Memorials for Joan Papert Preiss, Farm Worker Activist

by Virginia Nesmith

Former National Farm Worker Ministry Board Member Joan Papert Preiss, passed away on June 1, 2012 in Durham, North Carolina.   Joan was an amazing woman  – as her obituary published in the Raleigh News & Observer attests to, and re-printed below.   While those of us at NFWM knew of her love of family and her prowess at badminton, we mainly knew her as an activist extraordinaire; as a woman who had the creativity,  and the nerve, to fashion and wear a “boycott’ tiara on her head while  grocery shopping; who could stand up fearlessly to multiple policemen who challenged her rights,  whose artwork graced movement posters and banners, and whose commitment was an inspiration.   We are grateful to her husband Jack and to her family for choosing NFWM as a memorial fund for Joan, to help develop others who can carry on Joan’s legacy of determined and creative action in the pursuit of justice for  farm workers.  Not an easy task – we will miss her!


Olgha & Bob Sandman with Joan Preiss, NFWM Board Meeting Bakersfield, CA 2006

Joan Papert Preiss –  Such a wonderful human being, such a friend, such a brave soul, such a creative mind, such a loyal supporter.

It would take many more lines to ennumerate her attributes. One thing, we who  knew her would agree, is that all she was, all she did was for the love of justice.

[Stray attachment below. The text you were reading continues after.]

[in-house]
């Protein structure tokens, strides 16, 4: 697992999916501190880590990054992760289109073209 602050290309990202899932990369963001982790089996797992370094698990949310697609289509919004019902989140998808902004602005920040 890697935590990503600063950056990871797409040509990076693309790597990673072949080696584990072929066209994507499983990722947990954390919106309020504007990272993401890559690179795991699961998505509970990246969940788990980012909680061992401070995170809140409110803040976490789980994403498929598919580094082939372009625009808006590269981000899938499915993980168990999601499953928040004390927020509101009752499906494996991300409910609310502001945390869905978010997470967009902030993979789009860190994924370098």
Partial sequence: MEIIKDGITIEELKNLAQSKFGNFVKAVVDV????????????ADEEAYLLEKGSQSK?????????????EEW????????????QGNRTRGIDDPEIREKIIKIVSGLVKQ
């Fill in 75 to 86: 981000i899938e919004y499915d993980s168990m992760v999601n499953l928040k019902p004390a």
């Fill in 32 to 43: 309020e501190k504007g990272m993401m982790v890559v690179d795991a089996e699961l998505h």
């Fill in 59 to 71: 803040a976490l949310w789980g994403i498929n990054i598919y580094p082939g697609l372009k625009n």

We enjoyed her reports to the Board and her tiaras, necklaces and lapel buttons, she would call attention to them as she delivered a message no one could dispute. I can see her ready smile and her chuckles as she would relate her “adventures” facing not only policemen but CEOs of corporations with bravery and truth.

Finally, I salute Joan who incarnated our commitment of being an Interfaith organization.  We now have another guardian angel organizing those angels who don’t know much about the farm workers .

Descansa en Paz my friend,    Olgha Sierra Sandman


Published in The News & Observer on June 17, 2012

Joan Papert Preiss

Joan left us on June 1, 2012 at the age of 87. Her passing at Yorktown Elder Care home was quiet and peaceful, with many of her family on hand. Her gentle end gives no hint of the varied and active life she led. Foremost in importance were Jack, her husband of 65 years, her sons Steven, Tony and Andrew, her daughters-in-law Angela, Leah and Alison, her grandchildren Robin, David, James, Sandy, and Rosalia, her brother Fred Papert, and her nieces Emily and Lisha. Gatherings of family and friends, especially around holidays and anniversaries, were events where her creativity blossomed. Her parties exhibited her unique talents as a cook and hostess. High spirits and sprightly humor permeated all her personal relationships. Whether it was playing softball in the street with her husband and grandsons, promoting Leah’s art as her “agent” in local bookstores, acting out dress-up Cinderella with Rosie, or poker games with Robin and David using dried beans for money, her enthusiasm and affection for her family were boundless.

Joan loved nature, and her herb and flower garden was one of her treasures. It was filled with roses, gardenias, lilac, rosemary, oregano, lemongrass, etc. Bird feeders surrounded the house, which was filled with her knitted curtains, hand-woven rugs, home-made sweaters and dresses, creatively painted walls and furniture. There was hardly any project she wouldn’t tackle with zest.